Robert Simpson: Symphony Nos. 5 & 6
"If you haven’t heard Simpson yet, listen to this disc. If you have sampled Simpson in the past but not taken it any further, listen to this disc. If you have listened to Simpson a lot in the past but not much recently, listen to this disc. If you are already a fan of Simpson, you don’t need me to tell you to listen to this disc. To paraphrase a saying about Haydn, there are those who know Robert Simpson and those who are missing out." Musicweb-International
Robert Simpson wrote his Fifth Symphony in 1972 in response to a commission by the London Symphony Orchestra. The first performance of the symphony took place on 3 May 1973 at the Royal Festival Hall, under the direction of Andrew Davis. Another London performance took place on 29 March 1984, again in the Royal Festival Hall, with the Philharmonia, the conductor again being Andrew Davis. In both cases audience and press reception was unanimously enthusiastic. Desmond Shawe-Taylor, in a review in the Sunday Times headed “Power of Robert Simpson”, detected “some shattering personal crisis” and observed that the 4th and 5th Symphonies “compel all but the most rigidly advanced of listeners to take a closer look at this remarkable composer.” He found the Fifth “bolder, tougher and more mysterious in substance.” Edward Greenfield in his review for the Guardian stated: “His structures emerge naturally out of the material, without ever seeming, even in the most ingenious moments, to be working to a forced pattern.” He added: “The performance was one of the finest premieres I can remember of a major orchestral work, fearless in its physical impact.” Robert Matthew-Walker recollects: “The performance was electrifying, and the young Andrew Davis was at his considerable best. The effect of the opening three or four minutes of the Symphony will remain indelibly etched in my memory.
Simpson’s Sixth Symphony, of 1977, was commissioned by the London Philharmonic Orchestra with funds provided by the Arts Council, who later sponsored the recording of the Sixth and Seventh, and also contributed to a number of later Commissions. It received its premiere performance on 8 April 1980 at the Royal Festival Hall with The London Philharmonic Orchestra, conducted by Sir Charles Groves. Edward Greenfield wrote in his Guardian review: “Happily Dr Simpson’s metaphors are incidental to his genuinely musical imagination. So after the fragmentary germinal motives at the start, he turns very quickly to a bold tonal melody such as Nielsen might have written. One might even say that another of Dr Simpson’s great influences is represented too; he has often acknowledged his debt to Beethoven and here he has in effect written a Pastoral symphony for the 20th century, a view of nature observed not through the eye of the individual but through the microscope.”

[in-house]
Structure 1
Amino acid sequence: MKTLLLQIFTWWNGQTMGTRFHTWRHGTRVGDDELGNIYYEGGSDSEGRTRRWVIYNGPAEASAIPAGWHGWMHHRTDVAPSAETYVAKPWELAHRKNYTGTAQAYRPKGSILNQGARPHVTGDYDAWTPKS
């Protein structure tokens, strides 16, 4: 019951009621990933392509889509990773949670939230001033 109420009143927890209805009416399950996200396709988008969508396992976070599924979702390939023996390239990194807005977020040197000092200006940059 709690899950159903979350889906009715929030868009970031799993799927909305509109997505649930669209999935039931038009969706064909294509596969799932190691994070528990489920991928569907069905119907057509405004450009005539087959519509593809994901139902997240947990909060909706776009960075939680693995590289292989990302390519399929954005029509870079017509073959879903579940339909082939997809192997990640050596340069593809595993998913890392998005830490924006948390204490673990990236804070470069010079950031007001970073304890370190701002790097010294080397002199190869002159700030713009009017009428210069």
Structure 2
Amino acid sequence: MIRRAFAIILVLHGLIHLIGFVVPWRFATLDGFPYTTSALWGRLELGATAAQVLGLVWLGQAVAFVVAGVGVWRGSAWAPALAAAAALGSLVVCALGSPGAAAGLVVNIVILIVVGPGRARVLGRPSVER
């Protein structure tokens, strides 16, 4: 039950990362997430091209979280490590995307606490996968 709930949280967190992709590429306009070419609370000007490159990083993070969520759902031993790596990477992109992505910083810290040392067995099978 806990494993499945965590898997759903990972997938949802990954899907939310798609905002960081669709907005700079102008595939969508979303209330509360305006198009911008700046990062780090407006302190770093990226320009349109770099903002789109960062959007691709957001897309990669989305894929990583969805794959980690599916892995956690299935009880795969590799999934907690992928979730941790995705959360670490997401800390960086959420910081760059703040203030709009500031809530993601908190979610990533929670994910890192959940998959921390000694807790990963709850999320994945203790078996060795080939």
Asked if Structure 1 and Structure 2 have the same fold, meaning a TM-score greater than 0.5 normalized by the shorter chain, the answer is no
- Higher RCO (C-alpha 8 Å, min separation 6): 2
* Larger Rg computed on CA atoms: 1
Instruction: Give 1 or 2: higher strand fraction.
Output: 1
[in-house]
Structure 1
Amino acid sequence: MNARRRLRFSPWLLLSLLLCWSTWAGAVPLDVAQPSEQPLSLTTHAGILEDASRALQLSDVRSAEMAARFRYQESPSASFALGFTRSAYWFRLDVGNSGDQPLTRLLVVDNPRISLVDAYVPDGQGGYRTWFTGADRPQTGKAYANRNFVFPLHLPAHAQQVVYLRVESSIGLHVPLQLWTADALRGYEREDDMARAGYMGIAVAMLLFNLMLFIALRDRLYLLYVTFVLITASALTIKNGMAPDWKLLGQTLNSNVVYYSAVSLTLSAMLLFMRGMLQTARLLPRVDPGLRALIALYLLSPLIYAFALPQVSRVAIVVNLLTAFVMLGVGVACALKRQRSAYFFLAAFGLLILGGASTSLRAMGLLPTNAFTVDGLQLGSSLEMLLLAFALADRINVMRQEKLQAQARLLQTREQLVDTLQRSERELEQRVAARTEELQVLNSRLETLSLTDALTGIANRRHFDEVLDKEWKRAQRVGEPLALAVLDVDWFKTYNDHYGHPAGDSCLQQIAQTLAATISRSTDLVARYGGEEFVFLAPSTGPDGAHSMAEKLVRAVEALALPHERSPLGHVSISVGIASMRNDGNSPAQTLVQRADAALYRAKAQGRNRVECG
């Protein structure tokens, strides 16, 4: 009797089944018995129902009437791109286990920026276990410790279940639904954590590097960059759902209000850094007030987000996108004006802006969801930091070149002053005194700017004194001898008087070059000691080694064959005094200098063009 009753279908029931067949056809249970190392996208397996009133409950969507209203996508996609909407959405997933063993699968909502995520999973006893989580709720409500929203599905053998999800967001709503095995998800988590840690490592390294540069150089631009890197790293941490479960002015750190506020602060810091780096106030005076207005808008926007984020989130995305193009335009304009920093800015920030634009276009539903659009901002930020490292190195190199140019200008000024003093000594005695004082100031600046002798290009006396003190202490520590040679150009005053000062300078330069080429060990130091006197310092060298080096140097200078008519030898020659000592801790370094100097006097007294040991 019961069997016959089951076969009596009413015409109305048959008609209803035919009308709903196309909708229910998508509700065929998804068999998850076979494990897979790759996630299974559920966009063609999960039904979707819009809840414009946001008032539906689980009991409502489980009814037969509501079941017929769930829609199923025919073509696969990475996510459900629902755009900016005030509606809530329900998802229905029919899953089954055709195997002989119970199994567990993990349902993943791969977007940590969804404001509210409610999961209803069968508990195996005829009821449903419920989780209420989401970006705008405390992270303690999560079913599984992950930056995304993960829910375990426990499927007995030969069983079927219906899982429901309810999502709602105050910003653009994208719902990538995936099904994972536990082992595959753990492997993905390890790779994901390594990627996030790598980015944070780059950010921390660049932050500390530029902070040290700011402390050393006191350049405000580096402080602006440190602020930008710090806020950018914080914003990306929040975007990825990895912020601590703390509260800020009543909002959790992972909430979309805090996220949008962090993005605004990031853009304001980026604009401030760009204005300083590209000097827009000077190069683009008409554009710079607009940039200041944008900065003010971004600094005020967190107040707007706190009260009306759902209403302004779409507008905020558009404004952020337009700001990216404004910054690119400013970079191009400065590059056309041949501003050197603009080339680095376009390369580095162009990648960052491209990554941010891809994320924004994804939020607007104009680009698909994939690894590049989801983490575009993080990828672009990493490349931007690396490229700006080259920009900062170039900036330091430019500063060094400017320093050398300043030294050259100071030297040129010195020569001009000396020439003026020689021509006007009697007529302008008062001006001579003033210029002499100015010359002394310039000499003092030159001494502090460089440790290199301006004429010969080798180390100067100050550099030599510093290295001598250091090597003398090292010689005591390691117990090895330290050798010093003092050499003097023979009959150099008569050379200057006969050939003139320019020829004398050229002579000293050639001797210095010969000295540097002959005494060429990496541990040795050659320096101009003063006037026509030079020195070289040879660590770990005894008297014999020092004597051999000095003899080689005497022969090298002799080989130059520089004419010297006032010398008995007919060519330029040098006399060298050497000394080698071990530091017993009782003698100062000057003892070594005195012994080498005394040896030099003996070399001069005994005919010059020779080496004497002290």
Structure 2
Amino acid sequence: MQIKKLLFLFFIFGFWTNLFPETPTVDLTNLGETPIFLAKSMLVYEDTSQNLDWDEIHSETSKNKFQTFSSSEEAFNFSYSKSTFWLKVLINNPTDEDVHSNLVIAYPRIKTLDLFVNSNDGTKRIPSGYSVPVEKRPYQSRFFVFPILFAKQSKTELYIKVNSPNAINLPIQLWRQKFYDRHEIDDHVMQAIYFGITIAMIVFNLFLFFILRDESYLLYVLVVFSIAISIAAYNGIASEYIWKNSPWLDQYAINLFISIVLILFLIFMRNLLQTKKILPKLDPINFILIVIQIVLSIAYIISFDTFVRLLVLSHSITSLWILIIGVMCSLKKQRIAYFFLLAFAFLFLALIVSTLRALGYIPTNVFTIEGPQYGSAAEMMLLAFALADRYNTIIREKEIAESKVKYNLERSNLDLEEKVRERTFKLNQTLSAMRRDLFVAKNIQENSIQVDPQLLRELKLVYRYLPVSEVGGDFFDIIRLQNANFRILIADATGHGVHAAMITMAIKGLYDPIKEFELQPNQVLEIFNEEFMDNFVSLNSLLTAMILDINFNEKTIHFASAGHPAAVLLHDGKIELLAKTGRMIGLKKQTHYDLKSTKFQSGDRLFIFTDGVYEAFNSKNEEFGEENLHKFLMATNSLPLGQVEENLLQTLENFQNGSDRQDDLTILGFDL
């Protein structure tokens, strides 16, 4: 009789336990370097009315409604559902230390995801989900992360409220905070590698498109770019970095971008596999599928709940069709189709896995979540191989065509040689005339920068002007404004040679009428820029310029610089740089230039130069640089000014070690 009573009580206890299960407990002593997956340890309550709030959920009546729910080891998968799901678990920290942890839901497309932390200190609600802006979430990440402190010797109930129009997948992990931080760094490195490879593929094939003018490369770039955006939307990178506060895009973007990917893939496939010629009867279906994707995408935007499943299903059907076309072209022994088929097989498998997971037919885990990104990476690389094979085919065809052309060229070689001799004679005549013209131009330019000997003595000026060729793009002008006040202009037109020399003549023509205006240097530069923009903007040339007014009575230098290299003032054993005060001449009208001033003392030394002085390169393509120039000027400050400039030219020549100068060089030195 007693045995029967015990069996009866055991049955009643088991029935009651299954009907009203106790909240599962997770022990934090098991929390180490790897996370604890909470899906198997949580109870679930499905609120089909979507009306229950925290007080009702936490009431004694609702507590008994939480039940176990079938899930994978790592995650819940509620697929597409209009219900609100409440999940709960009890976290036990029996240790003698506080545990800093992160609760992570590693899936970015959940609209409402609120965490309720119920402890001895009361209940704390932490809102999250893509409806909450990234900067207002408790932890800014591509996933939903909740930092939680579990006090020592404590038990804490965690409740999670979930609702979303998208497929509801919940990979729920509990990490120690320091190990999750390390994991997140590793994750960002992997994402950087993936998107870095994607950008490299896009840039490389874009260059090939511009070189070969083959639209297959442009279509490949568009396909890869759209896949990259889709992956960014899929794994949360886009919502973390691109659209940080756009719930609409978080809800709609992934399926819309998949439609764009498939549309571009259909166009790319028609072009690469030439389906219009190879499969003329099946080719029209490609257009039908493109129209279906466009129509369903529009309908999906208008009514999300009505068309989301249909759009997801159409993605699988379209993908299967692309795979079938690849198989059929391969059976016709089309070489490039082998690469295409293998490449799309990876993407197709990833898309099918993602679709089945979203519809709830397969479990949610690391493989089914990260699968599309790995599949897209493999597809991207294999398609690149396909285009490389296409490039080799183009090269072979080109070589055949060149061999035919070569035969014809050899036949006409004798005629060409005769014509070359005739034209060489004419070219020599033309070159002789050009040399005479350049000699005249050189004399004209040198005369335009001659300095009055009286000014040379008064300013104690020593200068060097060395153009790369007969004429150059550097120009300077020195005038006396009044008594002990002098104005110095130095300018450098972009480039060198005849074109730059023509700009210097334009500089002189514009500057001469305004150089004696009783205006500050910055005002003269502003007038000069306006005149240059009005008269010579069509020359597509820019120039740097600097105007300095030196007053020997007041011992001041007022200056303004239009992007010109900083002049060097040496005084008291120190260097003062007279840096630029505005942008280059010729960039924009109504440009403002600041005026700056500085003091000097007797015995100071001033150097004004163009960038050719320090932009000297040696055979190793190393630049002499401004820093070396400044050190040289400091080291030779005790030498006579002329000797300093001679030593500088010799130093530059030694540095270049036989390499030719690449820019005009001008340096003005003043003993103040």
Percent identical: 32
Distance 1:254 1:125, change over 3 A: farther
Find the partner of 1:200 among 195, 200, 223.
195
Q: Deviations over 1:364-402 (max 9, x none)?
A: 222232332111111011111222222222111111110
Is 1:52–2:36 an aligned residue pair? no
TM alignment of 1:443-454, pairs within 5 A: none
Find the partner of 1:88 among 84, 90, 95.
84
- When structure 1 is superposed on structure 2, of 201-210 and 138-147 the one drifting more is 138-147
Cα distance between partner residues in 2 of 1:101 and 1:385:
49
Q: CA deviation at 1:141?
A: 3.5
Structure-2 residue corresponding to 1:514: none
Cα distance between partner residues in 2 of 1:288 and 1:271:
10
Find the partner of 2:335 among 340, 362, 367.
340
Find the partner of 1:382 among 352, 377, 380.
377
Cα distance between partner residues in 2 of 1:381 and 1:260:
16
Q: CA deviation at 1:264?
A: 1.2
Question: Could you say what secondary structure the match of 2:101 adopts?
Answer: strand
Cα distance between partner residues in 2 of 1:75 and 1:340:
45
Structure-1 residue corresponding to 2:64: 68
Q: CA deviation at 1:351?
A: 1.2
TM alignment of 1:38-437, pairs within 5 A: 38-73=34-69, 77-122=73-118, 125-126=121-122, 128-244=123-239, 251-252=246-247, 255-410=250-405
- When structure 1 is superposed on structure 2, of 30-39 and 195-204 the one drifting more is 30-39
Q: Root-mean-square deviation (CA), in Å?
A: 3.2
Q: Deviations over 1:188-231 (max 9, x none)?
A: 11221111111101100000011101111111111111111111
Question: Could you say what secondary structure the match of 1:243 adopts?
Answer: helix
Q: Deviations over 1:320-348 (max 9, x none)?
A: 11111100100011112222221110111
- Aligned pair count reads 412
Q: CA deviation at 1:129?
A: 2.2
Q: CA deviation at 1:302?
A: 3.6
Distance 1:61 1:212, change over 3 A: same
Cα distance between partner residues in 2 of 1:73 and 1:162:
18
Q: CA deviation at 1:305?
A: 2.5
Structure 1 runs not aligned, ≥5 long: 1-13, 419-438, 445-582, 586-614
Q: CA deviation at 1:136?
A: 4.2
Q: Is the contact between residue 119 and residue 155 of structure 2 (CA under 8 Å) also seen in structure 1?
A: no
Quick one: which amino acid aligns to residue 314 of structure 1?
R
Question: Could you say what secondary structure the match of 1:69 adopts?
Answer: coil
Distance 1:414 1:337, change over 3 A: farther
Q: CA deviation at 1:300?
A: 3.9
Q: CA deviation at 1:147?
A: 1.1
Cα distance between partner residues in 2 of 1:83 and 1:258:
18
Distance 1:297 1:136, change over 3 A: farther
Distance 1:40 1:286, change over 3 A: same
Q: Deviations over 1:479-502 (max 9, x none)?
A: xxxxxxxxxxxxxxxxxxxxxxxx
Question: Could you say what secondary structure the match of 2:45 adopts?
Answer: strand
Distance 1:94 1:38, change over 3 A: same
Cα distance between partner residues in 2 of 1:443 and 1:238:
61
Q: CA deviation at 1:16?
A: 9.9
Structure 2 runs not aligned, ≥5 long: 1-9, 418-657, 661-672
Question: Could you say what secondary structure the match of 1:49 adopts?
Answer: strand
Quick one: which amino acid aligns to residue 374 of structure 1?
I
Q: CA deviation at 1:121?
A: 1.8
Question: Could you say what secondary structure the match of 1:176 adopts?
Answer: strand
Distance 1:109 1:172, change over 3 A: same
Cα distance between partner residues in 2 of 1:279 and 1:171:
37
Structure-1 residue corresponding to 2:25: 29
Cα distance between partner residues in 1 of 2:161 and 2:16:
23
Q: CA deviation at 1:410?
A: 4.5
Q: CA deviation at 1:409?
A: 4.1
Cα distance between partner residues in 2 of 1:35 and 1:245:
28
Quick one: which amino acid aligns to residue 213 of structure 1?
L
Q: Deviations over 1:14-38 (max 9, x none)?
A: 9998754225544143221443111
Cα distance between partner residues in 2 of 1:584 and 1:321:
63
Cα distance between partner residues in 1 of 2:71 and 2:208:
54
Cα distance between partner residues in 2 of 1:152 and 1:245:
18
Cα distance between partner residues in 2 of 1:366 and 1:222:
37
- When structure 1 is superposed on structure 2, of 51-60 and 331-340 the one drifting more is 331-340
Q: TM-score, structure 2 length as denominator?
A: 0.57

Lyrita put us in their debt by allowing us to compare performances of two of his most impressive works. Thanks are due also to the Robert Simpson Society for helping to fund the release. So, for the uninitiated what is a Simpson symphony like to listen to? Personally, I think comparisons are not particularly helpful. I do not find that they sound particularly like Nielsen even though I know his fingerprints can be easily detected. The same could be said for Bruckner. The most apposite analogy I can think of is the first movement of Beethoven’s 9th. But none of these tell us very much about what the music actually sounds like!
Music Web International - Classical Review
…So does this archival new disc recorded in somewhat hissy analogue sound really merit much attention. The answer is a resounding yes with performances – well one performance for certain – that any Simpson aficionado simply must hear.